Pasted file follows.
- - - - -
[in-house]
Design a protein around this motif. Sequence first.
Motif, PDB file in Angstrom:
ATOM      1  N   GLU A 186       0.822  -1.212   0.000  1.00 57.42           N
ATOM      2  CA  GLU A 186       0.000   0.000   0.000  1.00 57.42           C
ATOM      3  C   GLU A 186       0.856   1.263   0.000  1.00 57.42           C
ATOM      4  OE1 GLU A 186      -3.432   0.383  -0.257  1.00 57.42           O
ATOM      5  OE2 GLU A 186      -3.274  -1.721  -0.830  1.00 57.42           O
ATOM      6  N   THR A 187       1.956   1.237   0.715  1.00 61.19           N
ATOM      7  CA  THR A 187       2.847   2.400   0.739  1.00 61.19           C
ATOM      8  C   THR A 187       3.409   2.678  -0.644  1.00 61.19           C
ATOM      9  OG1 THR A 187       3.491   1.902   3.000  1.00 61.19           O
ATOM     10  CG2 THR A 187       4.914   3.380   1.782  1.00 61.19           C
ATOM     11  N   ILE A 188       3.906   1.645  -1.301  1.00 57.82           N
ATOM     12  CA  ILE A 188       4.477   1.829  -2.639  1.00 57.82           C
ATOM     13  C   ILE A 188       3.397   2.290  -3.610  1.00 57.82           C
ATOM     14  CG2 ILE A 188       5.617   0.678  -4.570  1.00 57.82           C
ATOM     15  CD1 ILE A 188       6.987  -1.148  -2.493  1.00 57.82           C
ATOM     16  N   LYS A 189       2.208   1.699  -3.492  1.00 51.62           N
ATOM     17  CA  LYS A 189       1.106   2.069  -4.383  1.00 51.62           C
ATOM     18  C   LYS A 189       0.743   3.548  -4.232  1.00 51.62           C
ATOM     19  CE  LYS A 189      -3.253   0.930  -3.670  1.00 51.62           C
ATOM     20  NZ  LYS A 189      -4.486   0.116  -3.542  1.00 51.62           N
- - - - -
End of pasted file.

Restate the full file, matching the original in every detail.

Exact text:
[in-house]
Design a protein around this motif. Sequence first.
Motif, PDB file in Angstrom:
ATOM      1  N   GLU A 186       0.822  -1.212   0.000  1.00 57.42           N
ATOM      2  CA  GLU A 186       0.000   0.000   0.000  1.00 57.42           C
ATOM      3  C   GLU A 186       0.856   1.263   0.000  1.00 57.42           C
ATOM      4  OE1 GLU A 186      -3.432   0.383  -0.257  1.00 57.42           O
ATOM      5  OE2 GLU A 186      -3.274  -1.721  -0.830  1.00 57.42           O
ATOM      6  N   THR A 187       1.956   1.237   0.715  1.00 61.19           N
ATOM      7  CA  THR A 187       2.847   2.400   0.739  1.00 61.19           C
ATOM      8  C   THR A 187       3.409   2.678  -0.644  1.00 61.19           C
ATOM      9  OG1 THR A 187       3.491   1.902   3.000  1.00 61.19           O
ATOM     10  CG2 THR A 187       4.914   3.380   1.782  1.00 61.19           C
ATOM     11  N   ILE A 188       3.906   1.645  -1.301  1.00 57.82           N
ATOM     12  CA  ILE A 188       4.477   1.829  -2.639  1.00 57.82           C
ATOM     13  C   ILE A 188       3.397   2.290  -3.610  1.00 57.82           C
ATOM     14  CG2 ILE A 188       5.617   0.678  -4.570  1.00 57.82           C
ATOM     15  CD1 ILE A 188       6.987  -1.148  -2.493  1.00 57.82           C
ATOM     16  N   LYS A 189       2.208   1.699  -3.492  1.00 51.62           N
ATOM     17  CA  LYS A 189       1.106   2.069  -4.383  1.00 51.62           C
ATOM     18  C   LYS A 189       0.743   3.548  -4.232  1.00 51.62           C
ATOM     19  CE  LYS A 189      -3.253   0.930  -3.670  1.00 51.62           C
ATOM     20  NZ  LYS A 189      -4.486   0.116  -3.542  1.00 51.62           N